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It's hard to believe: the Boeing 747 needs floppy disks for updates

2020-08-17T15:25:24.263Z

At the end of July, Boeing announced the end of the legendary Jumbo Jet 747. A look at the on-board technology shows that the “Queen of the Skies” still receives updates via floppy disks.



At the end of July, Boeing announced the end of the legendary Jumbo Jet 747. A look at the on-board technology shows that the "Queen of the Skies" still receives updates via floppy disks.

  • The Boeing 747 was for a long time the largest passenger aircraft * in the world.
  • At the end of July, the US aircraft manufacturer announced the end of the jumbo jet.
  • The computer technology on board dates back to the 1980s.

The Boeing 747 was the largest passenger aircraft in the world until the A380's maiden flight from its competitor Airbus in 2005 . There is room for more than 600 passengers on board. After the end of the giant Airbus plane was announced in February, Boeing followed suit at the end of July - production of the jumbo jet will be phased out by 2022 after more than 50 years. The demand was just too low.

Boeing's Jumbo Jet still receives updates via floppy disks

From the outside, the jumbo jet instills awe in every passenger, but when you look at the on-board technology, one or the other might be disillusioned - or even fascinated. A video by the cyber security company Pen Test Partners now reveals a unique insight into the aviation technology and electronics of the wide-body aircraft. The surprising thing is that the Boeing 747 still receives its updates via a 3.5-inch floppy disk drive . It contains important navigation data that must be updated every 28 days. A technician applies the updates every month.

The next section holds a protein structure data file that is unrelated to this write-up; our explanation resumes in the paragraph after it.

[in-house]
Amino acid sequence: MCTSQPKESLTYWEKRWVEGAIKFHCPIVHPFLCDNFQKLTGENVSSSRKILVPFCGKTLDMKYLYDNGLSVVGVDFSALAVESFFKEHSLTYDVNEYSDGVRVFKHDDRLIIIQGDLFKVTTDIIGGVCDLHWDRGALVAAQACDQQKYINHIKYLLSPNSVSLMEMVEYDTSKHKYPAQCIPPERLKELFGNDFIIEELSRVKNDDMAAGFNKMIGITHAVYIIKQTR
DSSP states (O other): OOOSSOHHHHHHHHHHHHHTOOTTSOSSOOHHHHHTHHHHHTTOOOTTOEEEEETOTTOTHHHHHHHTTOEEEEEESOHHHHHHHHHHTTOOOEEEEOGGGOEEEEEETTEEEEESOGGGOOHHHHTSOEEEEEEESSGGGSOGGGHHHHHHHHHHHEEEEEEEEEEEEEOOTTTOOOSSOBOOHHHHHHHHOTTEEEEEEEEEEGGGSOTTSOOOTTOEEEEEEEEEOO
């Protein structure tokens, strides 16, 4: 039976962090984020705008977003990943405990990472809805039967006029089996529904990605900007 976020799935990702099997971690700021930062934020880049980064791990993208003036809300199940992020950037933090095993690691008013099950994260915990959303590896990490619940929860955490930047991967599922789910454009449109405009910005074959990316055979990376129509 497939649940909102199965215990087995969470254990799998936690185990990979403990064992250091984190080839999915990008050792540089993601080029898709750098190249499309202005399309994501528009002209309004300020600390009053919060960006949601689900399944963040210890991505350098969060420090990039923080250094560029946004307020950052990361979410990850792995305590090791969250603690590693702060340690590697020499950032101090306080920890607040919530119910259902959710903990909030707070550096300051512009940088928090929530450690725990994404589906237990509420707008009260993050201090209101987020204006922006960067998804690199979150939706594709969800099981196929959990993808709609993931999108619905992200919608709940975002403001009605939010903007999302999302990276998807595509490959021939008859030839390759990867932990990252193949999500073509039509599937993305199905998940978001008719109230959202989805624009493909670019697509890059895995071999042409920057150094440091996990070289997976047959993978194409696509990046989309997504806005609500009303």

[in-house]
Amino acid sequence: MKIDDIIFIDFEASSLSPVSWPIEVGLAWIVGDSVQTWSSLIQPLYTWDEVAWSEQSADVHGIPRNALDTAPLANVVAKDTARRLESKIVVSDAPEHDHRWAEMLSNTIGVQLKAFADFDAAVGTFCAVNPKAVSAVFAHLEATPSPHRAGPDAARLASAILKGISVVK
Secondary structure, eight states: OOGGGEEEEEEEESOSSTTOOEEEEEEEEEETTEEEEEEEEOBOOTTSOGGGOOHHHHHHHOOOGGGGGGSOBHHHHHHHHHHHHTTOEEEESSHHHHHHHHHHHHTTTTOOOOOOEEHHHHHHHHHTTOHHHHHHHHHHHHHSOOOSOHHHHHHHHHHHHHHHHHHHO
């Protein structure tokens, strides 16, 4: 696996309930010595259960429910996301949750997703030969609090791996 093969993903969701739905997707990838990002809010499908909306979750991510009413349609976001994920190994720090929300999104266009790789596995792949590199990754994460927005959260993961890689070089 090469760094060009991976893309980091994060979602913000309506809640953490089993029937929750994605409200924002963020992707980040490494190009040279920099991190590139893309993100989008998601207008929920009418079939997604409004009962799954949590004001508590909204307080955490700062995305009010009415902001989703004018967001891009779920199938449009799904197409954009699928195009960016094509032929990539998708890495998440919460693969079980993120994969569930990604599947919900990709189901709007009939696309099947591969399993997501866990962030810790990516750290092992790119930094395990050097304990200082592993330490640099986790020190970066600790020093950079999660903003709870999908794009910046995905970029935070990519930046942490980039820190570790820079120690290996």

However, according to n-tv, outdated technologies in apparently ultra-modern aircraft are not uncommon. Many airlines have meanwhile said goodbye to floppy disks, while others still employ engineers on a regular basis to upload the monthly updates on airports, flight paths and runways .

Legendary Boeing 747

Would you like more information about the legendary jumbo jet? The illustrated book "50 Years of the Boeing 747" (advertising link) has all the answers.

Also interesting : why are airplane seats almost always blue?

Crisis-torn corporation: Boeing's image has suffered in recent months

But now the Boeing 747 is over: As CEO Dave Calhoun explained, only six machines were produced per year in the end - and that mainly as cargo aircraft. In addition, the company has yet to recover from the Corona crisis and the debacle surrounding the 737 Max, which has been banned from flying due to two crashes. * Merkur.de is part of the nationwide Ippen-Digital editors network.

Also read : No vacation due to Corona travel warning? This airline will pay your money back the fastest.

You should urgently avoid these mistakes in travel cancellation insurance

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This article contains affiliate links.

Source: merkur

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